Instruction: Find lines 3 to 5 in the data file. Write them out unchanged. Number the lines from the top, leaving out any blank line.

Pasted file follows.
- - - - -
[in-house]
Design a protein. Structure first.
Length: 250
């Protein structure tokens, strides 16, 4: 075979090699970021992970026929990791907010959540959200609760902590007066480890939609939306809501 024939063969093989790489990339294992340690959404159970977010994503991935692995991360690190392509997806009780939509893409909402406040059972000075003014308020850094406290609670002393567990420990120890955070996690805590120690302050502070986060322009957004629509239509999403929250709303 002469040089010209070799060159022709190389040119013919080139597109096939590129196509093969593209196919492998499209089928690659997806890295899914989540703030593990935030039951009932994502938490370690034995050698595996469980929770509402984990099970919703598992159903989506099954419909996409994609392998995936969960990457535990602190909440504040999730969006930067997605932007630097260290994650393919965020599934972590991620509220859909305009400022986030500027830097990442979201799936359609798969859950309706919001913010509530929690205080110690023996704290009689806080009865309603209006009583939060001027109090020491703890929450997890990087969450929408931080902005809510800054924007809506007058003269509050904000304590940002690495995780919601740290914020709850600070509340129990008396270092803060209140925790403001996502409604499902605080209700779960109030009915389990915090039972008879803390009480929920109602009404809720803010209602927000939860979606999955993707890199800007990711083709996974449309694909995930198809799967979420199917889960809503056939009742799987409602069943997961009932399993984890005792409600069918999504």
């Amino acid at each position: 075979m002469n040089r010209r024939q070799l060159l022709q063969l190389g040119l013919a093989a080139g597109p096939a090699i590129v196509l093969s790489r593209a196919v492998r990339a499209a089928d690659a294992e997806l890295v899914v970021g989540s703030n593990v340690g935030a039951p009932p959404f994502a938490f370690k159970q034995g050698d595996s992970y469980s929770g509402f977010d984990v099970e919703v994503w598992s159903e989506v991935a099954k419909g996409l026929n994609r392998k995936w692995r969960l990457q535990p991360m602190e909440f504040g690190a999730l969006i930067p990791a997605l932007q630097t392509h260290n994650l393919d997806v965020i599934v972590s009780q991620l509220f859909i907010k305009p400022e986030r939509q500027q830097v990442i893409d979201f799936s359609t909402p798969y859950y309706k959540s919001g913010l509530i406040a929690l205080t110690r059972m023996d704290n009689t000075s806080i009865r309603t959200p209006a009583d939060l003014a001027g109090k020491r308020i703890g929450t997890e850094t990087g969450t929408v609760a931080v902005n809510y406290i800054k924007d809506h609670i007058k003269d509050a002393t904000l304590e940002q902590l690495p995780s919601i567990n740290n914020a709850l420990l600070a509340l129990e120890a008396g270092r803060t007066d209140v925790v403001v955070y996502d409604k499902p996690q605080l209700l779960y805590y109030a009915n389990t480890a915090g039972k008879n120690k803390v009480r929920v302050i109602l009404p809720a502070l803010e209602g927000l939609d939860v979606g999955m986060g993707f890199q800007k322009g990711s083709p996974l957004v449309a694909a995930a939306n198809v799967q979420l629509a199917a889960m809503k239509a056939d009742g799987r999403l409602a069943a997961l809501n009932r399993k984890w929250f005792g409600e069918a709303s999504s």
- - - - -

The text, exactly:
Length: 250
């Protein structure tokens, strides 16, 4: 075979090699970021992970026929990791907010959540959200609760902590007066480890939609939306809501 024939063969093989790489990339294992340690959404159970977010994503991935692995991360690190392509997806009780939509893409909402406040059972000075003014308020850094406290609670002393567990420990120890955070996690805590120690302050502070986060322009957004629509239509999403929250709303 002469040089010209070799060159022709190389040119013919080139597109096939590129196509093969593209196919492998499209089928690659997806890295899914989540703030593990935030039951009932994502938490370690034995050698595996469980929770509402984990099970919703598992159903989506099954419909996409994609392998995936969960990457535990602190909440504040999730969006930067997605932007630097260290994650393919965020599934972590991620509220859909305009400022986030500027830097990442979201799936359609798969859950309706919001913010509530929690205080110690023996704290009689806080009865309603209006009583939060001027109090020491703890929450997890990087969450929408931080902005809510800054924007809506007058003269509050904000304590940002690495995780919601740290914020709850600070509340129990008396270092803060209140925790403001996502409604499902605080209700779960109030009915389990915090039972008879803390009480929920109602009404809720803010209602927000939860979606999955993707890199800007990711083709996974449309694909995930198809799967979420199917889960809503056939009742799987409602069943997961009932399993984890005792409600069918999504």
């Amino acid at each position: 075979m002469n040089r010209r024939q070799l060159l022709q063969l190389g040119l013919a093989a080139g597109p096939a090699i590129v196509l093969s790489r593209a196919v492998r990339a499209a089928d690659a294992e997806l890295v899914v970021g989540s703030n593990v340690g935030a039951p009932p959404f994502a938490f370690k159970q034995g050698d595996s992970y469980s929770g509402f977010d984990v099970e919703v994503w598992s159903e989506v991935a099954k419909g996409l026929n994609r392998k995936w692995r969960l990457q535990p991360m602190e909440f504040g690190a999730l969006i930067p990791a997605l932007q630097t392509h260290n994650l393919d997806v965020i599934v972590s009780q991620l509220f859909i907010k305009p400022e986030r939509q500027q830097v990442i893409d979201f799936s359609t909402p798969y859950y309706k959540s919001g913010l509530i406040a929690l205080t110690r059972m023996d704290n009689t000075s806080i009865r309603t959200p209006a009583d939060l003014a001027g109090k020491r308020i703890g929450t997890e850094t990087g969450t929408v609760a931080v902005n809510y406290i800054k924007d809506h609670i007058k003269d509050a002393t904000l304590e940002q902590l690495p995780s919601i567990n740290n914020a709850l420990l600070a509340l129990e120890a008396g270092r803060t007066d209140v925790v403001v955070y996502d409604k499902p996690q605080l209700l779960y805590y109030a009915n389990t480890a915090g039972k008879n120690k803390v009480r929920v302050i109602l009404p809720a502070l803010e209602g927000l939609d939860v979606g999955m986060g993707f890199q800007k322009g990711s083709p996974l957004v449309a694909a995930a939306n198809v799967q979420l629509a199917a889960m809503k239509a056939d009742g799987r999403l409602a069943a997961l809501n009932r399993k984890w929250f005792g409600e069918a709303s999504s």